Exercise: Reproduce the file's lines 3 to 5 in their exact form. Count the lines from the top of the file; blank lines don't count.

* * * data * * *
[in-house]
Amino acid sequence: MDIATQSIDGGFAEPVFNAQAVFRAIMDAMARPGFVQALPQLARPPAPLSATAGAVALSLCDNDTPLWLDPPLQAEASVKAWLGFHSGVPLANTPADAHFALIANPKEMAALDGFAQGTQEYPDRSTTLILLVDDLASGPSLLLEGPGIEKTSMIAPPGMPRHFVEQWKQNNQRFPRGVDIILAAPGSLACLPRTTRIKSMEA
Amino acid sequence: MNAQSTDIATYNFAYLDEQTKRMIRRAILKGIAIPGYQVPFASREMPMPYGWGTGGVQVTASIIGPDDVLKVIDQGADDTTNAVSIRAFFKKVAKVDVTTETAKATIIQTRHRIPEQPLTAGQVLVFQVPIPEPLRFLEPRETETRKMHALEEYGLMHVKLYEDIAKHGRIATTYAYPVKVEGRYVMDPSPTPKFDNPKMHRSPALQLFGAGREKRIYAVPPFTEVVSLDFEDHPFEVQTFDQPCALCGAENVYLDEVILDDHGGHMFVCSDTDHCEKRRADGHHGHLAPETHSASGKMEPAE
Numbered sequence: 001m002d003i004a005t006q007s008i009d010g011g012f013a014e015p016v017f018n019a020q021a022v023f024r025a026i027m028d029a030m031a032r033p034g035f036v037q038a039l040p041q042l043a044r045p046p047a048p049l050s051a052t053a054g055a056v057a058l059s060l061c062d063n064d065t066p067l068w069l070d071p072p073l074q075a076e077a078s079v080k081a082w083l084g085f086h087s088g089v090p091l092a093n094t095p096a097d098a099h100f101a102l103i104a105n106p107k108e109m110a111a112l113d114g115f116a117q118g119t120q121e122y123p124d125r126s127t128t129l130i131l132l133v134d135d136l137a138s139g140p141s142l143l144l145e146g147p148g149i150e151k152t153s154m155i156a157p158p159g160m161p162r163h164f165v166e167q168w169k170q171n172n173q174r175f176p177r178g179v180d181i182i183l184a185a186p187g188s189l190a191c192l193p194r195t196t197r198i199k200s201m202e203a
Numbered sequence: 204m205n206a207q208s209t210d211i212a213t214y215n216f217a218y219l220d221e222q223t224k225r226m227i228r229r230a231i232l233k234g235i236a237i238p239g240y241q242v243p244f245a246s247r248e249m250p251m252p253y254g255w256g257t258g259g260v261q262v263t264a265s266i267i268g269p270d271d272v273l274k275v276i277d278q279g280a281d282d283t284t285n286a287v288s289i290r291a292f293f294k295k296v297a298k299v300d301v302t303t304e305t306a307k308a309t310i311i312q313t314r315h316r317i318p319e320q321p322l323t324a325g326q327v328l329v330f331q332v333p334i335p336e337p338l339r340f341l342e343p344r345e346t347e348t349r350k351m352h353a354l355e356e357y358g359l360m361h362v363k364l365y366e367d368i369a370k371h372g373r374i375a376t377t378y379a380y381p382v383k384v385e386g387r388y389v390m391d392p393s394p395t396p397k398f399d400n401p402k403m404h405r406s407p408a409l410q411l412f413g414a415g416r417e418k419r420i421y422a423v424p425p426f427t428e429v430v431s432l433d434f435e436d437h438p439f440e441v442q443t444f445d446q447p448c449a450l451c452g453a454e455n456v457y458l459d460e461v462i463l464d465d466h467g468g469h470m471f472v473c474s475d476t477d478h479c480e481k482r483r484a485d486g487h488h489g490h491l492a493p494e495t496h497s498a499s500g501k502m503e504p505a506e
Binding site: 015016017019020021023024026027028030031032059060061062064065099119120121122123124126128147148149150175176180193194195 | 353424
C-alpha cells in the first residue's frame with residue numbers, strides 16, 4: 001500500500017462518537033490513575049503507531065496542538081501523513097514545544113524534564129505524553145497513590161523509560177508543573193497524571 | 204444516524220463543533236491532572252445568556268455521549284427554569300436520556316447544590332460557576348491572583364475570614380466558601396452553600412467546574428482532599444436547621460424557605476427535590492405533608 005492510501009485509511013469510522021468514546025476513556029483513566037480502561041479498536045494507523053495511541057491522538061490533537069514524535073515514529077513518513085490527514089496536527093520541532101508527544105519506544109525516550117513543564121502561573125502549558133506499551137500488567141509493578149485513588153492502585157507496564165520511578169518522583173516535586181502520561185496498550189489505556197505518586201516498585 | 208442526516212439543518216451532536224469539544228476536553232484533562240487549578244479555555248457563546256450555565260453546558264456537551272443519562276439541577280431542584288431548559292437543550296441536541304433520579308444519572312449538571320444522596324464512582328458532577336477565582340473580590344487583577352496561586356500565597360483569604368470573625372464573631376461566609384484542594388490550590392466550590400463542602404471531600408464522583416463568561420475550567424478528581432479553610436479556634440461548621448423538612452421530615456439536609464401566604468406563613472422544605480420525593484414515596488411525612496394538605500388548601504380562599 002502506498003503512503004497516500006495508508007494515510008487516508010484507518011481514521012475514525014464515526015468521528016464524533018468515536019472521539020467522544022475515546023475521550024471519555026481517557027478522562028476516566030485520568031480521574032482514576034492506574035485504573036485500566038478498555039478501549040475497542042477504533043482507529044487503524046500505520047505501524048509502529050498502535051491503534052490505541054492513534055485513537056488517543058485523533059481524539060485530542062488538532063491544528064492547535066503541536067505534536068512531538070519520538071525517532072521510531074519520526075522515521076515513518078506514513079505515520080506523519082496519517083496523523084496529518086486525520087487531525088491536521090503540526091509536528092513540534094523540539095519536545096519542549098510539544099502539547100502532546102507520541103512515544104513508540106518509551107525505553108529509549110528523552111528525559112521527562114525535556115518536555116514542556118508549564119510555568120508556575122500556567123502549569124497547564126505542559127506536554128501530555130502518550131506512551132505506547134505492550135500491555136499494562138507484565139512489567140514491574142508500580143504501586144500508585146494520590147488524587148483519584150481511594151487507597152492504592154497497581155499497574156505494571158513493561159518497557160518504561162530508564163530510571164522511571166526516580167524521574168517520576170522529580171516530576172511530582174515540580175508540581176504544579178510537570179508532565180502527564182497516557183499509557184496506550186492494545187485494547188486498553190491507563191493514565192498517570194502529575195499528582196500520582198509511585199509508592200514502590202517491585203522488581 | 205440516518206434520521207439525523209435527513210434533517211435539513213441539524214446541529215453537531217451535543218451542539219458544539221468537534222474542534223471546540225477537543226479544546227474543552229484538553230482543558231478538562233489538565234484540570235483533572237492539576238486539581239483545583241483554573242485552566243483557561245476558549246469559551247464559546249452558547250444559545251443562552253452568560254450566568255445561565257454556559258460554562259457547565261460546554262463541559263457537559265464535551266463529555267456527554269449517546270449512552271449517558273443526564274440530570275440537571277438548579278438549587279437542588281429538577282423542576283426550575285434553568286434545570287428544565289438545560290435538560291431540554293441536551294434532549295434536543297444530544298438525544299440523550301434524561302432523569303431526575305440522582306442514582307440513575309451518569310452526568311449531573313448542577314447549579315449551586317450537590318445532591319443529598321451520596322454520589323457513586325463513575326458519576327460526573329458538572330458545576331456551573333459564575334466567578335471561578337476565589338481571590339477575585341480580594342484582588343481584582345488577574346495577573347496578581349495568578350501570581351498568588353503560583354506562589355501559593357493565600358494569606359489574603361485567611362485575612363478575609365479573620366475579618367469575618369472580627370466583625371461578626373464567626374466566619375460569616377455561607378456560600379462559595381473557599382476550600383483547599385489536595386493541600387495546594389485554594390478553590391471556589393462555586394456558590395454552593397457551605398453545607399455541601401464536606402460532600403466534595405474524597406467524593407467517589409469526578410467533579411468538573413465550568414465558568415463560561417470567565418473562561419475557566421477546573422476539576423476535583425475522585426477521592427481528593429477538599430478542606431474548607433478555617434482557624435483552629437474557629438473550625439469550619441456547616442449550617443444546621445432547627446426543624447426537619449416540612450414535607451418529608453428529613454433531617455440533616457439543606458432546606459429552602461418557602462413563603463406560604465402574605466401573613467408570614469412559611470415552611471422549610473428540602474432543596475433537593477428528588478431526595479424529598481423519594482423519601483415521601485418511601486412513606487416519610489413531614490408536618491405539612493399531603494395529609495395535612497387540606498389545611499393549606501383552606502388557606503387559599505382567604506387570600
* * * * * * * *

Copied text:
Amino acid sequence: MNAQSTDIATYNFAYLDEQTKRMIRRAILKGIAIPGYQVPFASREMPMPYGWGTGGVQVTASIIGPDDVLKVIDQGADDTTNAVSIRAFFKKVAKVDVTTETAKATIIQTRHRIPEQPLTAGQVLVFQVPIPEPLRFLEPRETETRKMHALEEYGLMHVKLYEDIAKHGRIATTYAYPVKVEGRYVMDPSPTPKFDNPKMHRSPALQLFGAGREKRIYAVPPFTEVVSLDFEDHPFEVQTFDQPCALCGAENVYLDEVILDDHGGHMFVCSDTDHCEKRRADGHHGHLAPETHSASGKMEPAE
Numbered sequence: 001m002d003i004a005t006q007s008i009d010g011g012f013a014e015p016v017f018n019a020q021a022v023f024r025a026i027m028d029a030m031a032r033p034g035f036v037q038a039l040p041q042l043a044r045p046p047a048p049l050s051a052t053a054g055a056v057a058l059s060l061c062d063n064d065t066p067l068w069l070d071p072p073l074q075a076e077a078s079v080k081a082w083l084g085f086h087s088g089v090p091l092a093n094t095p096a097d098a099h100f101a102l103i104a105n106p107k108e109m110a111a112l113d114g115f116a117q118g119t120q121e122y123p124d125r126s127t128t129l130i131l132l133v134d135d136l137a138s139g140p141s142l143l144l145e146g147p148g149i150e151k152t153s154m155i156a157p158p159g160m161p162r163h164f165v166e167q168w169k170q171n172n173q174r175f176p177r178g179v180d181i182i183l184a185a186p187g188s189l190a191c192l193p194r195t196t197r198i199k200s201m202e203a
Numbered sequence: 204m205n206a207q208s209t210d211i212a213t214y215n216f217a218y219l220d221e222q223t224k225r226m227i228r229r230a231i232l233k234g235i236a237i238p239g240y241q242v243p244f245a246s247r248e249m250p251m252p253y254g255w256g257t258g259g260v261q262v263t264a265s266i267i268g269p270d271d272v273l274k275v276i277d278q279g280a281d282d283t284t285n286a287v288s289i290r291a292f293f294k295k296v297a298k299v300d301v302t303t304e305t306a307k308a309t310i311i312q313t314r315h316r317i318p319e320q321p322l323t324a325g326q327v328l329v330f331q332v333p334i335p336e337p338l339r340f341l342e343p344r345e346t347e348t349r350k351m352h353a354l355e356e357y358g359l360m361h362v363k364l365y366e367d368i369a370k371h372g373r374i375a376t377t378y379a380y381p382v383k384v385e386g387r388y389v390m391d392p393s394p395t396p397k398f399d400n401p402k403m404h405r406s407p408a409l410q411l412f413g414a415g416r417e418k419r420i421y422a423v424p425p426f427t428e429v430v431s432l433d434f435e436d437h438p439f440e441v442q443t444f445d446q447p448c449a450l451c452g453a454e455n456v457y458l459d460e461v462i463l464d465d466h467g468g469h470m471f472v473c474s475d476t477d478h479c480e481k482r483r484a485d486g487h488h489g490h491l492a493p494e495t496h497s498a499s500g501k502m503e504p505a506e